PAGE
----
• Even when you're being tolerant of timing weirdness, you'll probably get the odd bad read. Adding a cap across the +5VDC input (as mentioned in the datasheet) doesn't seem to help, so it's probably not power fluctuation. Be prepared to re-try reads and remember to wait at least 2s between reads. ("The odd bad read" was probably the timer issue mentioned above, but you should be ready for them anyway)
  • (Didn't trouble me, but): Remember to let the sensor settle for at least 2s after power-on before attempting a read, and at least 2s between reads.
  • Your code must be extremely fast to avoid missing state transitions when capturing the bit stream, whether you're using a looping or interrupt-driven capture method. I landed up buffering the stream to an array of pulse lengths, then interpreting it after the full stream was buffered. This would be less of an issue if the timings from the sensor weren't so erratic to start with.

Having finally got it working, I thought I'd post some sample code. It's very much that - sample code - not a library suitable for direct re-use. In particular, this code does not handle millisecond counter roll-over at all. Reads during which the millisecond counter rolls over will fail. That said, at least the checksum is verified and negative temperatures are handled correctly. (By the way, a USB cable coming out of the freezer door seal looks really weird).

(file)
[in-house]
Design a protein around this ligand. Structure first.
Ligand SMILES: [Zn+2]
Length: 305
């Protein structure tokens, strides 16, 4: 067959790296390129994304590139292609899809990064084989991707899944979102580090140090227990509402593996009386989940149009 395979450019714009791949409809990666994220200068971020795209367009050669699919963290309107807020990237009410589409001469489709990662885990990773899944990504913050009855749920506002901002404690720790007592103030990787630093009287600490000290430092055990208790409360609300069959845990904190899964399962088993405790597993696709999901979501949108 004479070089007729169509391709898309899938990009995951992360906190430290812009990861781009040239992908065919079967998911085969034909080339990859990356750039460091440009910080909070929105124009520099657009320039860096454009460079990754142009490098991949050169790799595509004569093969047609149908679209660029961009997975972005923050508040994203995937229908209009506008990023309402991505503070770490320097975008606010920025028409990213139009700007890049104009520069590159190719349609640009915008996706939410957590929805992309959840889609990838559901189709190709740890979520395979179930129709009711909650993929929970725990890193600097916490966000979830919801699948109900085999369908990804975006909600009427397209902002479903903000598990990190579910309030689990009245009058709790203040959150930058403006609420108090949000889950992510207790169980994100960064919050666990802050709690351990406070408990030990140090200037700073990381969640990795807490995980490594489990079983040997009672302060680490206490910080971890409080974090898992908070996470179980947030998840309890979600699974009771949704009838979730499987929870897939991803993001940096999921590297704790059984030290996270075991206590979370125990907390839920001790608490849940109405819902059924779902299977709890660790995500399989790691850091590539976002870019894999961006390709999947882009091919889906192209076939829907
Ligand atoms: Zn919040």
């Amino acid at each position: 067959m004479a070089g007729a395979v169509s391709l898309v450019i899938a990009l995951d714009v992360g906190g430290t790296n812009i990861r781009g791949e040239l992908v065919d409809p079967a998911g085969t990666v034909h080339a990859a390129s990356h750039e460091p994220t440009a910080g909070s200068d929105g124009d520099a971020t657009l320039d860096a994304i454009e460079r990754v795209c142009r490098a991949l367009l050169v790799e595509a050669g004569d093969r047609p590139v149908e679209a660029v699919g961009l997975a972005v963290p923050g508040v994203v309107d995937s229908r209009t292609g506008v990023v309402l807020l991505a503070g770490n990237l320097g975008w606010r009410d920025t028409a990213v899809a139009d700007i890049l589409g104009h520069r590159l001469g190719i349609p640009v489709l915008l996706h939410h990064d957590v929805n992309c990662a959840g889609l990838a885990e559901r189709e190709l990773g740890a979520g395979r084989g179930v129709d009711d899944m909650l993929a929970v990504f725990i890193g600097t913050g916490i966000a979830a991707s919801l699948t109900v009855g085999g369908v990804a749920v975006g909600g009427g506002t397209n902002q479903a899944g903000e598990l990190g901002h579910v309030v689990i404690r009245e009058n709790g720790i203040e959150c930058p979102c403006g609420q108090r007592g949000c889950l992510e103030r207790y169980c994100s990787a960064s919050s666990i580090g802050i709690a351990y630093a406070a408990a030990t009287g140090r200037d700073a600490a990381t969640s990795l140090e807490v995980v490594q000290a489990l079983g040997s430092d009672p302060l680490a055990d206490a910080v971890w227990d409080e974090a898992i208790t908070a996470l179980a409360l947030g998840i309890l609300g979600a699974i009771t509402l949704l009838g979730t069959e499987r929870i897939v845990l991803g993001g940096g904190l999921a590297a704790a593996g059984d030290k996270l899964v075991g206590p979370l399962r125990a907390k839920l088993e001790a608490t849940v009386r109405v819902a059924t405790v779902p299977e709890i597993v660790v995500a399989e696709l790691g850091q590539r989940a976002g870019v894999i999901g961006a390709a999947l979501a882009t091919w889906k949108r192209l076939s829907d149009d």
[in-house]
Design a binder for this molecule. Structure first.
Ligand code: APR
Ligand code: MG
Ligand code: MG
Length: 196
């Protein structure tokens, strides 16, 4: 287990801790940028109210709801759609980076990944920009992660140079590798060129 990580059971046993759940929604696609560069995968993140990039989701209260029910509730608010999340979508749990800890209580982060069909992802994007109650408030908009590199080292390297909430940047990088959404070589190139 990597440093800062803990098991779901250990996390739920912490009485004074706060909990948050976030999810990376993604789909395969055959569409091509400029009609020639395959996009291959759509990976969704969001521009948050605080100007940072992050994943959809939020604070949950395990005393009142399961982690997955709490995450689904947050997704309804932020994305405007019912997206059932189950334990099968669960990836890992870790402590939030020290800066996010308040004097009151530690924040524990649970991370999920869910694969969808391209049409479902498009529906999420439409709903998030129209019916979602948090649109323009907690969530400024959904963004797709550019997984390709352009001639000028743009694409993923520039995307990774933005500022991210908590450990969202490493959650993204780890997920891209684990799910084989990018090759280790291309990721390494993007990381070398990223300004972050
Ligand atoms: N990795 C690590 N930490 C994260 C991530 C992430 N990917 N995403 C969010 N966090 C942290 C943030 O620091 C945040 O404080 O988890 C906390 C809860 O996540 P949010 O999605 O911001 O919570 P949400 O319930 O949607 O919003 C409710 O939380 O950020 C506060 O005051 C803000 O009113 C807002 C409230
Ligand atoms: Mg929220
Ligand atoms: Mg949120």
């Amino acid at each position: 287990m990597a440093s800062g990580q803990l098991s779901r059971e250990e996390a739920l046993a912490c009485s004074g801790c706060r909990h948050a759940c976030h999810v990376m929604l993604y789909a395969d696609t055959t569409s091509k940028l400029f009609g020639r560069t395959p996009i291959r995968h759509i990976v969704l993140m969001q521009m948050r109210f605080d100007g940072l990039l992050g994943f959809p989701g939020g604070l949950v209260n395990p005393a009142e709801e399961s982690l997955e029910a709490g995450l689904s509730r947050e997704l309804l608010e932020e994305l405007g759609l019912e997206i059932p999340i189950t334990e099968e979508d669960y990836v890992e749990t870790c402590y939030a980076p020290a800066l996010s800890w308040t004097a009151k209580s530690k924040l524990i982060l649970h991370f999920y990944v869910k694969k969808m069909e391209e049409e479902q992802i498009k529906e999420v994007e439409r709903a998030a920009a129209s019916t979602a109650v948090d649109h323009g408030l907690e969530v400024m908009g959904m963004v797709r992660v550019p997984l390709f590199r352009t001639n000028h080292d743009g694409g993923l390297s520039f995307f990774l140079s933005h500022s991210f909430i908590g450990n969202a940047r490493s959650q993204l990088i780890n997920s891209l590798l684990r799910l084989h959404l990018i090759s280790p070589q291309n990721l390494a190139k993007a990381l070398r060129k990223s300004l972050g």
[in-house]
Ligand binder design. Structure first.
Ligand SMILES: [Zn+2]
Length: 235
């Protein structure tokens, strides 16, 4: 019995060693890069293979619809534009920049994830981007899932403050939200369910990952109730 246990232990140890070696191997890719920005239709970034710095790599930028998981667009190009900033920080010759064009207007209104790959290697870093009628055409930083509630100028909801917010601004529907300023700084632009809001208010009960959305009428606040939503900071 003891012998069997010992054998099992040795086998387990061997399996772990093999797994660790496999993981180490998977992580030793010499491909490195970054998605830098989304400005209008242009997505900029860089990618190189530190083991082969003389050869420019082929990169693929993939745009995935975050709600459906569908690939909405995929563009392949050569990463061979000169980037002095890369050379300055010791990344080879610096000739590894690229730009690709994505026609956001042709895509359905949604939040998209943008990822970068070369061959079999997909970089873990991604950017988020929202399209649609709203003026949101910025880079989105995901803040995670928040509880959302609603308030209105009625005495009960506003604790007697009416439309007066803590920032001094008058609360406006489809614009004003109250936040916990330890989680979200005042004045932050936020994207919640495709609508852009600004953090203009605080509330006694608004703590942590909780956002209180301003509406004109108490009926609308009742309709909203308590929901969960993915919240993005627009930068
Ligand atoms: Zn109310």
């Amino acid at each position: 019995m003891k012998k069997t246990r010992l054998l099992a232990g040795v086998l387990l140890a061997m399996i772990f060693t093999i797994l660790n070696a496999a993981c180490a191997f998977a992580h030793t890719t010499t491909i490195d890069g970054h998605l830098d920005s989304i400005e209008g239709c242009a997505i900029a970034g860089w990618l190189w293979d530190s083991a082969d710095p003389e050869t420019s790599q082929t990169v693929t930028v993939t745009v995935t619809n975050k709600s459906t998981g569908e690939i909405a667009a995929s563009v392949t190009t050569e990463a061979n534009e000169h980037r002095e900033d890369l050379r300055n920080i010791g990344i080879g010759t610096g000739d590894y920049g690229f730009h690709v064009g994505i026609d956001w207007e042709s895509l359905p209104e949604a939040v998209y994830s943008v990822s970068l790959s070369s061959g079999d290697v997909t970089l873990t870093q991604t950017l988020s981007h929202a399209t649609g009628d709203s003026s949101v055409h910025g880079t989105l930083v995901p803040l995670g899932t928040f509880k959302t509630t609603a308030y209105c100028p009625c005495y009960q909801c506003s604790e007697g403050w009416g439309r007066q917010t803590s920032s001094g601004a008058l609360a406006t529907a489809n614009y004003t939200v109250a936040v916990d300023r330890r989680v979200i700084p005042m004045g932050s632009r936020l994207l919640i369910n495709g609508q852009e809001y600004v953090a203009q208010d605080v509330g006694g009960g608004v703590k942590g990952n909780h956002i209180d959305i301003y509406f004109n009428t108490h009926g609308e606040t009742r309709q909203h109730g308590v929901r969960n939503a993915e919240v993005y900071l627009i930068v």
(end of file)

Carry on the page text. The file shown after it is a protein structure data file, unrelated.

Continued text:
You should really look at the GitHub project for DHT-22 linked to above rather than using this code.

To try the code with an Arduino Uno R3 (ATMEGA328 based), connect the sensor's I/O wire (pin 2) to digital pin 2 on the Arduino. Connect sensor pin 1 to +5V and sensor pin 3 and 4 to GND. Theoretically you should be able to let pin 3 float, but I've seen reports that some sensors have their internal ground on pin 3 instead of pin 4, so it won't hurt to ground both.

I use pin 2 on the Arduino because it's one of the two pins that support external interrupts on the basic Arduino boards. Pin 3 will also work, just change sensorPin in the example code.